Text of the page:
The stage was set for the “Great Acceleration”: far and away the greatest and most rapid increase of human activity in history across a vast number of dimensions, including global population, trade, travel, production, and consumption.

If the changes we’re about to undergo are on a similar scale to these, how might a future historian summarize the “pre-coronavirus” world that is about to disappear?

The Neoliberal Era

There’s a good chance they will call this the Neoliberal Era. Until the 1970s, the post-war world was characterized in the West by an uneasy balance between government and private enterprise. However, following the “oil shock” and stagflation of that period—which at the time represented the world’s biggest post-war disruption—a new ideology of free-market neoliberalism took center stage in the Overton window (the phrase itself was named by a neoliberal proponent).

The value system of neoliberalism, which has since become entrenched in global mainstream discourse, holds that humans are individualistic, selfish, calculating materialists, and because of this, unrestrained free-market capitalism provides the best framework for every kind of human endeavor. Through their control of government, finance, business, and media, neoliberal adherents have succeeded in transforming the world into a globalized market-based system, loosening regulatory controls, weakening social safety nets, reducing taxes, and virtually demolishing the power of organized labor.

The triumph of neoliberalism has led to the greatest inequality in history, where (based on the most recent statistics) the world’s twenty-six richest people own as much wealth as half the entire world’s population. It has allowed the largest transnational corporations to establish a stranglehold over other forms of organization, with the result that, of the world’s hundred largest economies, sixty-nine are corporations.

The relentless pursuit of profit and economic growth above all else has propelled human civilization onto a terrifying trajectory. The uncontrolled climate crisis is the most obvious danger:

The world’s current policies have us on track for more than 3° increase by the end of this century, and climate scientists publish dire warnings that amplifying feedbacks could make things far worse than even these projections, and thus place at risk the very continuation of our civilization.

But even if the climate crisis were somehow brought under control, a continuation of untrammeled economic growth in future decades will bring us face-to-face with a slew of further existential threats. Currently, our civilization is running at 40% above its sustainable capacity. We’re rapidly depleting the earth’s forests, animals, insects, fish, freshwater, even the topsoil we require to grow our crops. We’ve already transgressed three of the nine planetary boundaries that define humanity’s safe operating space, and yet global GDP is expected to more than double by mid-century, with potentially irreversible and devastating consequences.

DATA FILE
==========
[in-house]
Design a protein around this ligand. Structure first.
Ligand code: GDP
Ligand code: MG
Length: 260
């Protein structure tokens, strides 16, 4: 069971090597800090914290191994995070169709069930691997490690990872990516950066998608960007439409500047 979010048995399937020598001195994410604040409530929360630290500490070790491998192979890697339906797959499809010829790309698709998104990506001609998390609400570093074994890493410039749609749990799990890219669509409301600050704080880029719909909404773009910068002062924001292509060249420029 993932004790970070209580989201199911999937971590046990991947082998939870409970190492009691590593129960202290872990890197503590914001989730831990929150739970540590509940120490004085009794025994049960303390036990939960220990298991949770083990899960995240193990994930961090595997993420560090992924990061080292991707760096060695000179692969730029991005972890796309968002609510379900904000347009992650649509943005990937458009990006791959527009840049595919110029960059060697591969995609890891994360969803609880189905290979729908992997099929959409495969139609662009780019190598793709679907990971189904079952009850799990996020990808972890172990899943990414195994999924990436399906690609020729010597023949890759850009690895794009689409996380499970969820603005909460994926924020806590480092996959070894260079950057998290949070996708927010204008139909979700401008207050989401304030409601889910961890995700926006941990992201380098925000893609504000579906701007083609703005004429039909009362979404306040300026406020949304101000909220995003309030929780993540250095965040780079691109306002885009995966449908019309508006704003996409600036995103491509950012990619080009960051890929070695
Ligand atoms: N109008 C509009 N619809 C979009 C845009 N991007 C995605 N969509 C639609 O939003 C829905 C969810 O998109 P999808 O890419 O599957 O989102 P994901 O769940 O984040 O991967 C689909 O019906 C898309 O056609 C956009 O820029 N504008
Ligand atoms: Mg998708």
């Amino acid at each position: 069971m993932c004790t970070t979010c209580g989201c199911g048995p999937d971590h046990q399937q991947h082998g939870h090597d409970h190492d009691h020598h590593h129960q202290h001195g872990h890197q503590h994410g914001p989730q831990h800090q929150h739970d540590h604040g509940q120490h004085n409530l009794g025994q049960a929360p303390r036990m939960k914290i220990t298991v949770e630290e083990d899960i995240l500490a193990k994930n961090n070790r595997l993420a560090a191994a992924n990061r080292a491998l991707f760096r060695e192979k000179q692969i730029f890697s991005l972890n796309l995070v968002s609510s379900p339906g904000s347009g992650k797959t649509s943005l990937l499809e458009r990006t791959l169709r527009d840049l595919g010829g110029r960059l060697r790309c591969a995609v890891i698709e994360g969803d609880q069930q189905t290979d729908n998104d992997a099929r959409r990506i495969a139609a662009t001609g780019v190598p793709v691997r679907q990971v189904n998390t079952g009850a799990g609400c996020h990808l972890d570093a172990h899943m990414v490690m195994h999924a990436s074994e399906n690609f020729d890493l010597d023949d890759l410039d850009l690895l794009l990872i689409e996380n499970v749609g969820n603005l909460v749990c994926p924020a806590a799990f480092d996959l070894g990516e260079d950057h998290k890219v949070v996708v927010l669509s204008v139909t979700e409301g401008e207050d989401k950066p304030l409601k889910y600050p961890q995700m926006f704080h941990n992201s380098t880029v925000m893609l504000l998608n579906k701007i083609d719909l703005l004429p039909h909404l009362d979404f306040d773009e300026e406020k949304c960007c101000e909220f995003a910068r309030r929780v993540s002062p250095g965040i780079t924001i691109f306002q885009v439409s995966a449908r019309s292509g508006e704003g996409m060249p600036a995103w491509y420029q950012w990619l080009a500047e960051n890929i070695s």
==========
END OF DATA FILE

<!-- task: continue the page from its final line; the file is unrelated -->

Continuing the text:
In 2017 over fifteen thousand scientists from 184 countries issued an ominous warning to humanity that time is running out: “Soon it will be too late,” they wrote, “to shift course away from our failing trajectory.”

They are echoed by the government-approved declaration of the UN-sponsored IPCC, that we need “rapid, far-reaching and unprecedented changes in all aspects of society” to avoid disaster.

In the clamor for economic growth, however, these warnings have so far gone unheeded. Will the impact of coronavirus change anything?

Fortress Earth

There’s a serious risk that, rather than shifting course from our failing trajectory, the post-Covid-19 world will be one where the same forces currently driving our race to the precipice further entrench their power and floor the accelerator directly toward global catastrophe.

China has relaxed its environmental laws to boost production as it tries to recover from its initial coronavirus outbreak, and the US (anachronistically named) Environmental Protection Agency took immediate advantage of the crisis to suspend enforcement of its laws, allowing companies to pollute as much as they want as long as they can show some relation to the pandemic.

On a greater scale, power-hungry leaders around the world are taking immediate advantage of the crisis to clamp down on individual liberties and move their countries swiftly toward authoritarianism.

Hungary’s strongman leader, Viktor Orban, officially killed off democracy in his country on Monday, passing a bill that allows him to rule by decree, with five-year prison sentences for those he determines are spreading “false” information.

Israel’s Prime Minister Netanyahu shut down his country’s courts in time to avoid his own trial for corruption. In the United States, the Department of Justice has already filed a request to allow the suspension of courtroom proceedings in emergencies, and there are many who fear that Trump will take advantage of the turmoil to install martial law and try to compromise November’s election.

Even in those countries that avoid an authoritarian takeover, the increase in high-tech surveillance taking place around the world is rapidly undermining previously sacrosanct privacy rights. Israel has passed an emergency decree to follow the lead of China, Taiwan, and South Korea in using smartphone location readings to trace contacts of individuals who tested positive for coronavirus.